The curriculum also stands to gain from co-operatization. New School founder John Dewey emphasized learning-by-doing. Operating a cooperative university would allow students and faculty to engage with issues of resources and governance through collective action. A cooperative university folds into students’ learning experiences the communication and facilitation skills they need to organize themselves and others. Shared ownership might transform the sometimes fraught power relationships between staff, faculty and students, as all stakeholders would have the same democratic means to influence and shape the university.
Co-operatization might also open new avenues of engagement for alumni and supporters. Non-revenue-generating shares could be sold directly to supporters who want to endorse a cooperative university as a meaningful social experiment. The New School need only look to the Green Bay Packers as an example of such a model. The professional football team is owned by 360,000 of its fans, who have purchased more than 5,000,000 non-revenue-generating shares to support the team. A small number of Board seats could even be reserved for such alumni and supporters, allowing them to directly elect representatives.
There are many ways this work of co-operatization could begin. Tapping our own in-house expertise through faculty like Richard Wolff and Trebor Scholz is one way, as is forming a task-force of students, faculty, and staff charged with investigating the idea further. A partnership with Mondragon University may help, as would launching an experimental in-house cooperative division. The recent student demands to co-operatize cafeteria workers have been a critical intervention, as well as an awakening to the cooperative idea. A broader campaign to co-operatize the University must be led by a similarly passionate and committed group of students, faculty, and staff.
Co-operatization reaches its full potential when workers recognize that a new structure is not an end in itself, but rather a means to create a new, broad-based culture of ownership and democracy. And herein lie the many challenges. Employees must be willing to reinterpret their relationship to work fundamentally, possibly disrupting the compromises and arrangements they have created to keep their work-life feasible. The question of unionized versus non-unionized employees must also be sorted, as must the issue of tenure. Could only some owners be granted tenure but not others? Employees will also need to curb their expectations for what a local transformation can accomplish, no matter how radical. Rent, real estate, and healthcare costs continue to soar. While a cooperative model can deliberate solutions democratically and inclusively, the University will still need to pay its bills.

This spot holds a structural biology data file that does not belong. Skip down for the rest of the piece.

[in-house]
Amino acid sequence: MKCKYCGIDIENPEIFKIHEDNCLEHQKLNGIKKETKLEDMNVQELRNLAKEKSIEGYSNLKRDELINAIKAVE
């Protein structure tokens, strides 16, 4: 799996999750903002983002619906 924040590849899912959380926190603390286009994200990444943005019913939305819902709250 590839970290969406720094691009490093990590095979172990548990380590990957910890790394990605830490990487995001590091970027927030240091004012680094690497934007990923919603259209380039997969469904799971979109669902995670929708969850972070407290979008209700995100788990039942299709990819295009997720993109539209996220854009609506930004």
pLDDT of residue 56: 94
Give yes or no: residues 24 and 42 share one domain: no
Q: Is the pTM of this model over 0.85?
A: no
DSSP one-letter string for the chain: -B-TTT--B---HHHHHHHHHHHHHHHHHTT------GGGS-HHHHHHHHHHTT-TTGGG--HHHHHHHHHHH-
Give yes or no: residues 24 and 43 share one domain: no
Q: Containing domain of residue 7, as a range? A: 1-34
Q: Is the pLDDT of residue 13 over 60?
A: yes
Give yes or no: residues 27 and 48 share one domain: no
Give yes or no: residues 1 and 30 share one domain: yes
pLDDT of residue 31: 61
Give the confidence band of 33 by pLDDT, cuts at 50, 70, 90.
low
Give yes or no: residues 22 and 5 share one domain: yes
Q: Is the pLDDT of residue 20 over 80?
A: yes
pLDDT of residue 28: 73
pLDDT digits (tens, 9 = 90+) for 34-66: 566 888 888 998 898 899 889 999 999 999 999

And, of course, a co-operatized New School would still exist inside a capitalist global political economy. The University would still depend on exploitative supply chains and services from capitalist enterprises. Co-operatization does not address the fact that education itself still remains a commodified good.
Challenges abound. But given the growing dissatisfaction with and skyrocketing cost of higher education, we have good reasons to try something else. A co-operatized university presents a new set of solutions to long-standing challenges, both within academia and across our economy. It can recast our university as a distinctive social experiment. It can provide wholly new learning experiences for students. It can create real economic equity for employees. As we approach the Centennial of the founding of The New School, our Founders still have something to teach us. A cooperative university is not only possible in the near future. It has been the promise of The New School all along.
Michael McHugh is the Project Manager for the Platform Cooperative Development Kit, a new initiative homed at The New School working to develop cooperatives in the digital economy. From 2014 to 2018, he was a full-time employee of The New School’s Eugene Lang College and a part-time graduate student at The New School for Social Research. This May, under the advisement of Richard D. Wolff and R. Trebor Scholz, he completed his master’s degree and graduate thesis on worker cooperatives, focusing on how The New School could transition to a cooperative structure.
 Peter M. Rutkoff, and William B. Scott. New School: A History of the New School for Social Research (New York: The Free Press, 1986), 5
 Ibid., 10